PENDLETON — After years in New York City and the fast-paced life of a professional chef, an Echo graduate is back and ready to invest in her hometown.

PENDLETON — After years in New York City and the fast-paced life of a professional chef, an Echo graduate is back and ready to invest in her hometown.

Challis Buck and her German husband, Danny Besser, both 28, are the new owners of one of Echo's most enduring businesses, the H&P Cafe. It means a pay cut for both of them — they were working prestigious jobs at upscale New Jersey resorts — but they said the move is not about money. "We're not trying to get rich," Buck said. "We're trying to get happy."

The H&P Cafe, named after longtime owners Noel "Harsh" Harshman and his wife, Patty, holds a special place in Buck's heart. Her first job as a teenager was at the cafe, and she learned her first food and customer service lessons there. "It was always a joke that someday I would buy it," Buck said. "I never thought I would."

Challis attended the Art Institute of New York City after she graduated from Echo High School in 2001.

She met Danny Besser while apprenticing at the Manor Restaurant in West Orange, N.J. From Blankenburg, Germany, Besser apprenticed at restaurants in his home country before moving to the United States.

After the two were married — the ceremony was in Echo — they continued to focus on their careers. By the time they decided to return to Oregon, she was the executive sous chef at Minerals Resort and Spa and he oversaw all four restaurants at Crystal Springs Golf Resort.

Billed as "the most luxurious of northern New Jersey," the Crystal Springs resort features the four-star Restaurant Latour, where Besser had the freedom to purchase nearly any gourmet food item he could imagine.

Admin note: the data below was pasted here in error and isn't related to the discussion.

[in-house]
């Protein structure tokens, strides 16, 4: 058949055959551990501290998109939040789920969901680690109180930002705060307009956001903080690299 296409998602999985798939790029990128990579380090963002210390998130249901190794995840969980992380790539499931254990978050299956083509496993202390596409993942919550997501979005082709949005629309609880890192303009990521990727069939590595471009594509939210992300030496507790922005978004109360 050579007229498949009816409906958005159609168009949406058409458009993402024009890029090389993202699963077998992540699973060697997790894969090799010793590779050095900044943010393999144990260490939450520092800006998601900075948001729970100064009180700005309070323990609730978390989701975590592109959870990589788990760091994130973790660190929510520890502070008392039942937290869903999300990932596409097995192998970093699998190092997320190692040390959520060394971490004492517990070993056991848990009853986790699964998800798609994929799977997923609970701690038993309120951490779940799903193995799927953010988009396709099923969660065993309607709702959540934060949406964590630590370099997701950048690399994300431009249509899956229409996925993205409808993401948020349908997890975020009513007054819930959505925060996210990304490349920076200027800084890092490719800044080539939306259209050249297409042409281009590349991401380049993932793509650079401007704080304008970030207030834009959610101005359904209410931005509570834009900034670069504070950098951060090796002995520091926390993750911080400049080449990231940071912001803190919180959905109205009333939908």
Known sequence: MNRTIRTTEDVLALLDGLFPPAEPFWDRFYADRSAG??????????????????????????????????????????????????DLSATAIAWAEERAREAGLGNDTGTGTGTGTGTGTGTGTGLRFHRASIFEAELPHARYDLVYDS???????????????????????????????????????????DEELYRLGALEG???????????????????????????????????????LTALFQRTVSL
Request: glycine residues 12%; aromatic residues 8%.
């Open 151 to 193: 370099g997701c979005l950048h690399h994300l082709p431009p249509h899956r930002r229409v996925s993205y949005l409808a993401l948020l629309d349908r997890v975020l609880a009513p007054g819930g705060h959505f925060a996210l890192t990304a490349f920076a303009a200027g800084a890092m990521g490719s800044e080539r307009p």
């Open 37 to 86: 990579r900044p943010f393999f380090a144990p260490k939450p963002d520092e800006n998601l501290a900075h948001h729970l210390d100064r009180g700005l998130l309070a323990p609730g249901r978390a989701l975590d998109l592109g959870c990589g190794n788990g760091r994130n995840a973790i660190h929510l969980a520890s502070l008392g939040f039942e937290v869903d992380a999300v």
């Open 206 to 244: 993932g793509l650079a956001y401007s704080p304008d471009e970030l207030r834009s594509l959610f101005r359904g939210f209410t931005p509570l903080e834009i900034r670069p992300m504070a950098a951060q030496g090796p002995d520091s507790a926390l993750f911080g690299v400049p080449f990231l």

However, Buck and Besser often worked 12 hours a day, six days a week and nearly every holiday.

And Buck grew tired of big-city life; she lived in a condo for five years without knowing most of her neighbors.

"(Echo) just seems like it's a more conducive life to settling down and having a family," she said. "And it's a better place to be able to afford and have your own restaurant."

"Life is much slower out here," added Besser, "It's much more laid back."

Buck and Besser will live in the home attached to the restaurant the Harshmans lived in for many years. They've built a greenhouse, where they will grow produce for the restaurant — they hope to mostly source the cafe with growers and producers within a 60-mile radius. It's a lofty goal, but they are determined to offer something special and fresh at the new H&P.

At the same time, they plan to keep what has made the H&P a success — an open door at 6 a.m. for local farmers and a menu of reliable comfort food. "I look forward to seeing my customers and learning what they like and dislike," Buck said.